Queen Elizabeth II set to resume duties as gun salutes mark 70-year reign
Queen Elizabeth II returned to London to resume public duties on Monday following a health scare as the capital echoed to the sound of cannon shots to mark her 70 years on the throne.
At midday (1200 GMT), the King's Troop Royal Horse Artillery unit fired a 41-gun salute from Green Park, near the monarch's Buckingham Palace residence in central London, beginning a year of celebrations to honour Britain's longest-serving monarch.
Another 62 shots then rang out an hour later from the Tower of London, the historic royal palace and home to the Crown Jewels three miles (five kilometres) across the city.
The ceremonies took place the day after "Accession Day", the date in 1952 when Princess Elizabeth's father king George VI died and she became queen.
"For me this is the launch of the Platinum Jubilee, this is where it all starts for all of us and as a country," said Lieutenant Colonel James Shaw, who oversees the army's ceremonial events.
"On June 2 we've got the Queen's Birthday Parade, with 1,400 troops involved in that, and on June 5 there's the pageant and the armed forces will also be involved," he added.
The Green Park salute consisted of the usual 21-gun salute with an extra 20 due to it being in a royal park. There were another 21 shots at the Tower of London event as it is in the City of London.
- Life of service -
The four-day jubilee weekend will begin on Thursday June 2, although events will be held throughout the year to honour the 95-year-old queen.
Elizabeth on Sunday became the first British monarch to reign for 70 years, marking the historic date quietly at Sandringham, her estate in eastern England where her father died.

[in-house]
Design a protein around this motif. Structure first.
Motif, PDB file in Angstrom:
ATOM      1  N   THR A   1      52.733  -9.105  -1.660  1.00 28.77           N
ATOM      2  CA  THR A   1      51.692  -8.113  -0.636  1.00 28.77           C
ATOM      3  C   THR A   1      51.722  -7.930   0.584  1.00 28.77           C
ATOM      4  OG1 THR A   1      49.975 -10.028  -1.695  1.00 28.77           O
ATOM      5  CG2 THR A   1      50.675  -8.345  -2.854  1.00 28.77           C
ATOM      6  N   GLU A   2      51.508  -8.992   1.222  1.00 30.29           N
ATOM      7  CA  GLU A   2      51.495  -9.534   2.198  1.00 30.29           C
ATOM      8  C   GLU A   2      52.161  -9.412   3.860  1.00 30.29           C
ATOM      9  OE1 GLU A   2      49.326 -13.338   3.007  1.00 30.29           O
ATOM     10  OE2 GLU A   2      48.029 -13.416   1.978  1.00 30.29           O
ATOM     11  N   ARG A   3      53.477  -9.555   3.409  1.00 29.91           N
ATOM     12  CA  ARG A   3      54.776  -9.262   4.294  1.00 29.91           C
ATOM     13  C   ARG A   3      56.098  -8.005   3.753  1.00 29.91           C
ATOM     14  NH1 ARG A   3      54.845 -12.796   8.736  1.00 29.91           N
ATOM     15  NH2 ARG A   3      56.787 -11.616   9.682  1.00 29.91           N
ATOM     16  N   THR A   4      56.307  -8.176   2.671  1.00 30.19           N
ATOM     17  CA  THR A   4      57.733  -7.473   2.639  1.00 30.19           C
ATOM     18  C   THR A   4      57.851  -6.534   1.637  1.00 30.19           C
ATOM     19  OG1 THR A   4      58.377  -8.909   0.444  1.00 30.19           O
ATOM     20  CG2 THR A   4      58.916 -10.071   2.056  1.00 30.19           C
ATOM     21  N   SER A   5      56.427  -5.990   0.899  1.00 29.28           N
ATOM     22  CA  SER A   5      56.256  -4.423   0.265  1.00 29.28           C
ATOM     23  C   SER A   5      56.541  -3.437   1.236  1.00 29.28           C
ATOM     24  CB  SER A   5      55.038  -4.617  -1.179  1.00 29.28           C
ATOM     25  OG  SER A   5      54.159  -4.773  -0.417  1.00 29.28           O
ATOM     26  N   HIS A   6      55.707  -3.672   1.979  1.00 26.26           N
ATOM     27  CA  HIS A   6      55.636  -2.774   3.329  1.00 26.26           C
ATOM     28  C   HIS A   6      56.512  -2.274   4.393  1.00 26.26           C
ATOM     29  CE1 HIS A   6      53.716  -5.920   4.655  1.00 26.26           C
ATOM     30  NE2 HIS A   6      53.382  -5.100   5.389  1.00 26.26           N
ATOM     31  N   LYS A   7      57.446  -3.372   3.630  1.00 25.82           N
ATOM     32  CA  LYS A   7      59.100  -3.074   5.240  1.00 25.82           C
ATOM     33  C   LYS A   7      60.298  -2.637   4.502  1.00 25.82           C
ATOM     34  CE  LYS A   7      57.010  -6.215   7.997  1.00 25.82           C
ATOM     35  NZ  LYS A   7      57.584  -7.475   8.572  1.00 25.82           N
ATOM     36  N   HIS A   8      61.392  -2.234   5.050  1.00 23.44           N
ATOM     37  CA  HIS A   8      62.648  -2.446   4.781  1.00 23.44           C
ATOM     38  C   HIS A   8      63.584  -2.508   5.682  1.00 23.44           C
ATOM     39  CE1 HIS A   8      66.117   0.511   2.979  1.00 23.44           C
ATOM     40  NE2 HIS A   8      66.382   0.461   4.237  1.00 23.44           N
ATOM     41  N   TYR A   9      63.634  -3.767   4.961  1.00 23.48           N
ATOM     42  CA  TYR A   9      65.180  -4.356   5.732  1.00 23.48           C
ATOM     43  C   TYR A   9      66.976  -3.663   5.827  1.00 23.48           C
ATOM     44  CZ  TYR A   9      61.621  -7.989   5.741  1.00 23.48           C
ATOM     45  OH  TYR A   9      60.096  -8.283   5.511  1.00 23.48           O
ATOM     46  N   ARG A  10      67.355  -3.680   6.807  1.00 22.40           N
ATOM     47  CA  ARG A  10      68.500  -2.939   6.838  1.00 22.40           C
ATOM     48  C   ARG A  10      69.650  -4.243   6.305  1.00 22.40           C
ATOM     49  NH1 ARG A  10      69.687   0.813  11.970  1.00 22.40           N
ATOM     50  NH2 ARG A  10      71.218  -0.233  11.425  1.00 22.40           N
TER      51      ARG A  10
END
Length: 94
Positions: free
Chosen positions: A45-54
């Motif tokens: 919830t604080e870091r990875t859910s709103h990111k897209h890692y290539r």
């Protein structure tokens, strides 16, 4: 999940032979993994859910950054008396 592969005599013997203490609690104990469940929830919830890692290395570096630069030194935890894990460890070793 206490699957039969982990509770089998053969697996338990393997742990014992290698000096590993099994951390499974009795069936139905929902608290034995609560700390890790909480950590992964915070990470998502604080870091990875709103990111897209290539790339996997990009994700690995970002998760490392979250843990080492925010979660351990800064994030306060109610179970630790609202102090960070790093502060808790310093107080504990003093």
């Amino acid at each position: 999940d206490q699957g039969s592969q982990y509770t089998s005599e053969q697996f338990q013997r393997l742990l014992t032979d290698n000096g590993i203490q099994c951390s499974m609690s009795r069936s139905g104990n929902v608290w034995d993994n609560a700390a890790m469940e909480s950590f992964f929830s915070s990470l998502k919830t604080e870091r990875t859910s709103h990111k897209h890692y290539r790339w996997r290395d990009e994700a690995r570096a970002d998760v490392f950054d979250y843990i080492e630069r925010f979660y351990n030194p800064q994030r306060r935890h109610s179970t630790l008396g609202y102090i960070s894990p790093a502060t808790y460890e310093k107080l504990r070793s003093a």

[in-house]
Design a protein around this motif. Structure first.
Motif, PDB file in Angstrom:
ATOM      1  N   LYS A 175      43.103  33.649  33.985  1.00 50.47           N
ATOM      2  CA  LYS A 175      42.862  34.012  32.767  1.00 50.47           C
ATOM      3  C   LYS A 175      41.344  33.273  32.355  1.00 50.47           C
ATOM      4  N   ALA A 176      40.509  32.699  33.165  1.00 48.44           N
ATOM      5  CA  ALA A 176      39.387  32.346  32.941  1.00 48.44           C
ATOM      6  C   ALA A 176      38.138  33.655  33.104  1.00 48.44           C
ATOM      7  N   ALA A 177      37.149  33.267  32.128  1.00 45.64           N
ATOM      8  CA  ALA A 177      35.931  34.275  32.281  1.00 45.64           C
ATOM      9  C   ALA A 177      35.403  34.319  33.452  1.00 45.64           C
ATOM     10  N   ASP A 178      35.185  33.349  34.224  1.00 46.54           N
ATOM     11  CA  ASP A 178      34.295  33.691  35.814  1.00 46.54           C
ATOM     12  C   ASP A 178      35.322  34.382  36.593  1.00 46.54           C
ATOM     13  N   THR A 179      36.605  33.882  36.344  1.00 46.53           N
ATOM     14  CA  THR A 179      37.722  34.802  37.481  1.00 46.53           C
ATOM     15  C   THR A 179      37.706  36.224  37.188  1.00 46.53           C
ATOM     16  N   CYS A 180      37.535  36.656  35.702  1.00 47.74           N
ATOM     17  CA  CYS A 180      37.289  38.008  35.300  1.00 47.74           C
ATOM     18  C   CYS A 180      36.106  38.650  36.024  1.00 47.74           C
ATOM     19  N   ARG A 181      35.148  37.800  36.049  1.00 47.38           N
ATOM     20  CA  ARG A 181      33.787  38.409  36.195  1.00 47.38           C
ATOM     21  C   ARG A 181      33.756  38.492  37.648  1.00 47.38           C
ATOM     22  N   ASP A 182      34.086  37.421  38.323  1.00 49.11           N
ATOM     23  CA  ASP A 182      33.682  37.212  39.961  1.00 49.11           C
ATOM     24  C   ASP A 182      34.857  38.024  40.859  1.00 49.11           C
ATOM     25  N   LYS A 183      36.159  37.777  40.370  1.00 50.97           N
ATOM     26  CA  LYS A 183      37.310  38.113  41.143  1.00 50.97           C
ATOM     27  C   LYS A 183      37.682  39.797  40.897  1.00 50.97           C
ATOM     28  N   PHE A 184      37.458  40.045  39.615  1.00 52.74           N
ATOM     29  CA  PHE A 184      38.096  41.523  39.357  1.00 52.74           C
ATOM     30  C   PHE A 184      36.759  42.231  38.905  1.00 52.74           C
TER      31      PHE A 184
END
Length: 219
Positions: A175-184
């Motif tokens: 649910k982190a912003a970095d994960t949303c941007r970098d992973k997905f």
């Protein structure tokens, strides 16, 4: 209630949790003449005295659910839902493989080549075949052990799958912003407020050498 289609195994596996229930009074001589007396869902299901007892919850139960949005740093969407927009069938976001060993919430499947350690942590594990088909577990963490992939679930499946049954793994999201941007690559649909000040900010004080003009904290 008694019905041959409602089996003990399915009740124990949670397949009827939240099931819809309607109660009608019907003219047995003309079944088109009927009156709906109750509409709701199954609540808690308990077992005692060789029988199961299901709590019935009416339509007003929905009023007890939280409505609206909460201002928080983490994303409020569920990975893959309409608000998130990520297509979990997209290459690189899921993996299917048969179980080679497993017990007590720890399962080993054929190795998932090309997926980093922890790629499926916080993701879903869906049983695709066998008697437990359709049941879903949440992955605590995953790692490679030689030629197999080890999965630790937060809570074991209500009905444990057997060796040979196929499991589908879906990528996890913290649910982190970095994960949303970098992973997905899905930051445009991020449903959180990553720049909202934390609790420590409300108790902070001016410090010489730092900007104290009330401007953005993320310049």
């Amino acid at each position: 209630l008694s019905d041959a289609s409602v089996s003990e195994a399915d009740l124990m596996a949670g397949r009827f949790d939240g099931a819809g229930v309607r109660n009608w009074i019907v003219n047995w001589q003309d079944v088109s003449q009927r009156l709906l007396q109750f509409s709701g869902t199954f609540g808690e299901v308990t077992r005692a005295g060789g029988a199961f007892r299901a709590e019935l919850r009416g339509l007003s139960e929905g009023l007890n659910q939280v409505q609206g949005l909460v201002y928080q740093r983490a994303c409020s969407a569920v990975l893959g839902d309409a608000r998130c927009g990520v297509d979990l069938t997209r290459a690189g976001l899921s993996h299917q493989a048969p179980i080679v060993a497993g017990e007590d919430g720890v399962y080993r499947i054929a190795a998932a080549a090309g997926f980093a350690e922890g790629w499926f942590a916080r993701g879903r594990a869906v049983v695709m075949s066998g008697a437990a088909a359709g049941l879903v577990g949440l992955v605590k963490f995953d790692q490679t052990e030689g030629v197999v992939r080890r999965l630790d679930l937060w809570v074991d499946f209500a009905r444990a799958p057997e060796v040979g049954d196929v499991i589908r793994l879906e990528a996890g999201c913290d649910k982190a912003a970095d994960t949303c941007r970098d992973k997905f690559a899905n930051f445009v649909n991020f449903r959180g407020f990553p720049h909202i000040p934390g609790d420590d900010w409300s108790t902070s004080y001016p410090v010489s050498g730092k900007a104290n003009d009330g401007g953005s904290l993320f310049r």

She has barely been seen in public since being laid low by a health scare in October, which required an overnight hospital stay for preliminary tests.
Stressing that the Queen is still actively working, Buckingham Palace released a photo taken at Sandringham this week showing her going through one of her famous red dispatch boxes used for government business.
She also held a reception on Saturday for locals at Sandringham, which was reportedly her largest in-person public engagement since the autumn scare.
Buckingham Palace on Monday told AFP that the Queen had returned to her Windsor Castle residence, west of London, and was resuming public duties, which it is hoped will include attending a thanksgiving service for her late husband Prince Philip at Westminster Abbey on March 29.
"In addition, her majesty will be resuming her normal duties of audiences, credentials and privy council meetings, continuing to mix both virtual and in-person events," a source told the domestic Press Association.
She plans to attend a diplomatic reception on March 2 and the annual Commonwealth Service at Westminster Abbey on March 14.
In her message addressed to the public signed "Your servant, Elizabeth R", the Queen renewed a pledge she first gave in a broadcast on her 21st birthday "that my life will always be devoted to your service".